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I was referring to the one of the all-time greatest skits (post 1980, that is) on Saturday Night Live with guest host Christopher Walken, a scene that has taken on a life all it’s own. The magic created by this is that people to this day think all the characters in the episode were real and that this actually happened.
The bit was a spoof on VH1’s Behind the Music here in the US that rose to fame from the ‘how we did it, behind the scenes, home-movie-genre’ with various artists speaking extemporaneously about their rise (or fall) in the music world and a peak at the shows that make them famous (or infamous, as the case may be).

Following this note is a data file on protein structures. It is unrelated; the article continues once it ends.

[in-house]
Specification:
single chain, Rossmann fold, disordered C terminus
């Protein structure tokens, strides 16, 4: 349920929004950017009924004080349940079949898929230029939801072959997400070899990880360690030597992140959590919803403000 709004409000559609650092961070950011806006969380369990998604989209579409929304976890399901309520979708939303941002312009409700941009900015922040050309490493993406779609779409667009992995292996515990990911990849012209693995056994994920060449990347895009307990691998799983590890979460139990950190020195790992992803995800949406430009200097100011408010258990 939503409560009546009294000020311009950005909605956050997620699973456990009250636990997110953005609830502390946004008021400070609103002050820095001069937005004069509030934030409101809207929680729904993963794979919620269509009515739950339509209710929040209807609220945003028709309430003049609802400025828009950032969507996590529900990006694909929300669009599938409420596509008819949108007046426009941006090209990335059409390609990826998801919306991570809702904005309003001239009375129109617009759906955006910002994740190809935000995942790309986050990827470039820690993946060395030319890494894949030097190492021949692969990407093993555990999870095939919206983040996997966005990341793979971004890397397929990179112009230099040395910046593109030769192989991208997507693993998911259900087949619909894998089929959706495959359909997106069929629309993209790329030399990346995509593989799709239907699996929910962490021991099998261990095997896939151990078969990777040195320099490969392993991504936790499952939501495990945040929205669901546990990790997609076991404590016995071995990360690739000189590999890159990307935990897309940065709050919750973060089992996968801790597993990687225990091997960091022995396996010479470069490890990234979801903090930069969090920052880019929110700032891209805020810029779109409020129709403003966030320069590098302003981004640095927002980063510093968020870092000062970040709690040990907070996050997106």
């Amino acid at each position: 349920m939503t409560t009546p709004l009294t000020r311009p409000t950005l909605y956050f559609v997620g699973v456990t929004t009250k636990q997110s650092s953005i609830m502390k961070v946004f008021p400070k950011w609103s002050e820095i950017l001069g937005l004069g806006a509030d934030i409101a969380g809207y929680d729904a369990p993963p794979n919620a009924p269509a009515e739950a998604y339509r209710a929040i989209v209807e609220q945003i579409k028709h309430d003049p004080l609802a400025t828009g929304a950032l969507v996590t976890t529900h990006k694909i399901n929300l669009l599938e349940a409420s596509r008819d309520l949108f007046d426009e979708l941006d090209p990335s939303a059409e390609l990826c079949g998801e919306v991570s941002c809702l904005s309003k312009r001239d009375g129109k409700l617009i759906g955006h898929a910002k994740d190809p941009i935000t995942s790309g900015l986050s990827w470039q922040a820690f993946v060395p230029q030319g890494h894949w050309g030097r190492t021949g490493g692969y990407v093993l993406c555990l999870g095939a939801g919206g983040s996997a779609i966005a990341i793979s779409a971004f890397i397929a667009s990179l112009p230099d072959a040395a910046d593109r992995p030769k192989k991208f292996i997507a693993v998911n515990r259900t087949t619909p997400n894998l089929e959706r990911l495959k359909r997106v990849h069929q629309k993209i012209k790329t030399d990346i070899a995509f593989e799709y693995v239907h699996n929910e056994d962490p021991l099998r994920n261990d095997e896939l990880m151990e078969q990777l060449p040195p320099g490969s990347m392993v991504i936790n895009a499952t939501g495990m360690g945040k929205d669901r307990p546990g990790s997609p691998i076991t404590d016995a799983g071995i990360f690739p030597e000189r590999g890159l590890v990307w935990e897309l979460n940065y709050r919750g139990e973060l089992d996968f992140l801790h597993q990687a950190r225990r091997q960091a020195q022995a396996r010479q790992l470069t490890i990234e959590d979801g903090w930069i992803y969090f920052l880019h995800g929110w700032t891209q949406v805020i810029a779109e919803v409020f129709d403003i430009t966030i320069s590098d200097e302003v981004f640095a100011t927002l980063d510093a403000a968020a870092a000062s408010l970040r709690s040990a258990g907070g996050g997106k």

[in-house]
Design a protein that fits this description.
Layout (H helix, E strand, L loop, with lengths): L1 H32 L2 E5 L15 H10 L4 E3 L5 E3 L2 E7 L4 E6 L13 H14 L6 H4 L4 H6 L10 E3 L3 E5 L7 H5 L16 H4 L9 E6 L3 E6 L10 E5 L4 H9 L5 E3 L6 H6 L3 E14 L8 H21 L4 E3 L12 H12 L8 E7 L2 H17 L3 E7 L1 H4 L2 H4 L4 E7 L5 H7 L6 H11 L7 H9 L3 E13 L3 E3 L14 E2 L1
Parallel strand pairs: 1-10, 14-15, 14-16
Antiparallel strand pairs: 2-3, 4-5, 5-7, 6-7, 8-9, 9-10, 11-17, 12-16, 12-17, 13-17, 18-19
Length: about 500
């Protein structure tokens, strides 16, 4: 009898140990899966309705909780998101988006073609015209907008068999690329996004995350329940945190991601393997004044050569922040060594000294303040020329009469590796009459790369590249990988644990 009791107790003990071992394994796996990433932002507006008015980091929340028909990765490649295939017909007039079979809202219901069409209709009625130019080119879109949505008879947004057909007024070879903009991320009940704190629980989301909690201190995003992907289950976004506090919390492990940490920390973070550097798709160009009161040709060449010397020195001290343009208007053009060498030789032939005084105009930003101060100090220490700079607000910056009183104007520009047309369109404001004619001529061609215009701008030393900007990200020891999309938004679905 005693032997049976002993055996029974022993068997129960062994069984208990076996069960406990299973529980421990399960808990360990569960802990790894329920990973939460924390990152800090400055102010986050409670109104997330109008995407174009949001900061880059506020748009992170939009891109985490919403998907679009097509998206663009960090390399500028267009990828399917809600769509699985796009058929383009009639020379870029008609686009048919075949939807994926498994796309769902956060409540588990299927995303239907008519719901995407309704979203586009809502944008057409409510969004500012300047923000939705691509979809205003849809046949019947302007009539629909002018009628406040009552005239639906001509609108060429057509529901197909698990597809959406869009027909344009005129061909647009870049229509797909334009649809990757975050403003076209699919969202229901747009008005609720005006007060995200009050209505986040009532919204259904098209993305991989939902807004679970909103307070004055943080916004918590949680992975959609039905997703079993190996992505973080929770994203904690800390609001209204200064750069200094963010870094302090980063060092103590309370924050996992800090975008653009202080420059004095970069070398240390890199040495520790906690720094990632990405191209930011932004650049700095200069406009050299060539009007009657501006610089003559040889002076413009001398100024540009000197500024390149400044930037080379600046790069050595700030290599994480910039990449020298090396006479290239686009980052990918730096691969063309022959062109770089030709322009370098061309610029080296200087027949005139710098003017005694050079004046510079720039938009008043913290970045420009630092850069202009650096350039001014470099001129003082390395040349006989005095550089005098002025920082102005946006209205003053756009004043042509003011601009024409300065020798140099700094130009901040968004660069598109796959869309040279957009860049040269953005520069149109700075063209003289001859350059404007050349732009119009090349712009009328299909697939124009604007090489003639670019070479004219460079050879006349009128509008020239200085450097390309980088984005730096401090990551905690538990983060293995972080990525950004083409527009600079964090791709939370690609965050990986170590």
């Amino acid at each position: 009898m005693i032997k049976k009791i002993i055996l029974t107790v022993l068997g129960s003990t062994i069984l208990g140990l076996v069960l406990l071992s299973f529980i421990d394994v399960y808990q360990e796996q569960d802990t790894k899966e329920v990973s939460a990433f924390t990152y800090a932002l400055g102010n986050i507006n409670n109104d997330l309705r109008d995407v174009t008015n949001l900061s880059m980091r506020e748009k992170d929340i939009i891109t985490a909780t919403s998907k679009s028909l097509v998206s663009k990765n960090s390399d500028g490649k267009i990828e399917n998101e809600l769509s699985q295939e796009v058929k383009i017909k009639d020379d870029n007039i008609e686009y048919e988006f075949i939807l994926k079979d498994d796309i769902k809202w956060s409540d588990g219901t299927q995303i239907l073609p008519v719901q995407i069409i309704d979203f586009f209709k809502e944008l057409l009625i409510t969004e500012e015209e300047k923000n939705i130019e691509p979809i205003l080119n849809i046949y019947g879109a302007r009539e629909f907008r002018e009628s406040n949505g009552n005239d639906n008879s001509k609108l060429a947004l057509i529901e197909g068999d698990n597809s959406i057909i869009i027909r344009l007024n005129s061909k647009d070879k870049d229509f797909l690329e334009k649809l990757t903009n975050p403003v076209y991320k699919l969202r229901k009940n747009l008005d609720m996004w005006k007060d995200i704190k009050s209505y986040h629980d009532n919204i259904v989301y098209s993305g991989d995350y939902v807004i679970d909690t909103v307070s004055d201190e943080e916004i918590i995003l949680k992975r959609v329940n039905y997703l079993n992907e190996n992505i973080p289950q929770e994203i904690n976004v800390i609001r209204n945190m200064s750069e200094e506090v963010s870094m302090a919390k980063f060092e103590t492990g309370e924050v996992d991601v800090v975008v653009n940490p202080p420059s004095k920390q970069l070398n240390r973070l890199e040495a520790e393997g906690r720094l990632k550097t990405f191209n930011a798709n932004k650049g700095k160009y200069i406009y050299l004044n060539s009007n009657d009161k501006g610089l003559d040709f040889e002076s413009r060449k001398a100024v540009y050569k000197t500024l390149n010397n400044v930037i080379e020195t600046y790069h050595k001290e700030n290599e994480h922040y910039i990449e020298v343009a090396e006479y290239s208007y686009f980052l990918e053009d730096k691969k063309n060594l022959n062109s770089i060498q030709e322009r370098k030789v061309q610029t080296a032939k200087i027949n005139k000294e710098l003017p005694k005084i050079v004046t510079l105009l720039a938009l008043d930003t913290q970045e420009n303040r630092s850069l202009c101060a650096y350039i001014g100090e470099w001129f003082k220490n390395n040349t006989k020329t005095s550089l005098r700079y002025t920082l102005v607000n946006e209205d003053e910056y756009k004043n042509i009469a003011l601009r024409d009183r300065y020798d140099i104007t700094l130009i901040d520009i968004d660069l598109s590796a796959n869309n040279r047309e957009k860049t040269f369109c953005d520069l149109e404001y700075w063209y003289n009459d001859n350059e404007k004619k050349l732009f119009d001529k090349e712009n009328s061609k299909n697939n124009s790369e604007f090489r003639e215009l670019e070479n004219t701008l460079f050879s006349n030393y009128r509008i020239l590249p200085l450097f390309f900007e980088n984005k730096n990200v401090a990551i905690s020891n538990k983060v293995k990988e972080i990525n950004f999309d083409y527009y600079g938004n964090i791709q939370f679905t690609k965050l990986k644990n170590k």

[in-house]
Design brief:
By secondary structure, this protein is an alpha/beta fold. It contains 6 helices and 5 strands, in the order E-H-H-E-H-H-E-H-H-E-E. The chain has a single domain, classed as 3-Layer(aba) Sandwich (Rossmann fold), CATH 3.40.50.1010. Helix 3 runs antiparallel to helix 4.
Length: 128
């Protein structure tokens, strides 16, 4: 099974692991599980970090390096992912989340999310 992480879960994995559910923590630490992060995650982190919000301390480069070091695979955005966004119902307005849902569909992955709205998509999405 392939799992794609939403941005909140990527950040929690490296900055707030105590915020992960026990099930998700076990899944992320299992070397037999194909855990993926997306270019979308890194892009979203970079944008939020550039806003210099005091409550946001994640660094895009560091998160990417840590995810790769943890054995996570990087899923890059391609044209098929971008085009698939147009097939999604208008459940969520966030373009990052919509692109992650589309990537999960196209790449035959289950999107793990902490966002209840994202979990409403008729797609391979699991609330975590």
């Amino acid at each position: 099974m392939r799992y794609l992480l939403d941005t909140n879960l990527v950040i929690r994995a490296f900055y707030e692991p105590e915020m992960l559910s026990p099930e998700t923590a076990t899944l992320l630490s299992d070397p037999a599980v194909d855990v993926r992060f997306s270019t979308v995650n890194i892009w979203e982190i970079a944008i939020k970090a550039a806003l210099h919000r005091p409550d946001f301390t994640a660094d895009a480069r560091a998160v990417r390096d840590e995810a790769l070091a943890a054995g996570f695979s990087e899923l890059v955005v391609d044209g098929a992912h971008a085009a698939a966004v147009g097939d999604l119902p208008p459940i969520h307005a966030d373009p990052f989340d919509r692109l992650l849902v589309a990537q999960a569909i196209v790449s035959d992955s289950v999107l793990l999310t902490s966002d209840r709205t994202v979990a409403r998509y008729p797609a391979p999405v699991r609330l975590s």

The skit on SNL was on an all-fiction account of Blue Oyster Cult and their cut of the track Don’t Fear the Reaper with Will Ferrell as the flamboyant hipster Gene Frenkle (to whom we learn at the end of the clip the video was dedicated – meanwhile he never existed). The only REAL character who was portrayed (albeit somewhat inaccurately via Walken’s poetic license) is Bruce Dickinson (played by Walken) who just a digitally re-mastering specialist at Sony who happened to work on the Blue Oyster Cult songs in the 90’s.
A great writeup of the bit and the lead singer’s comments can be found here: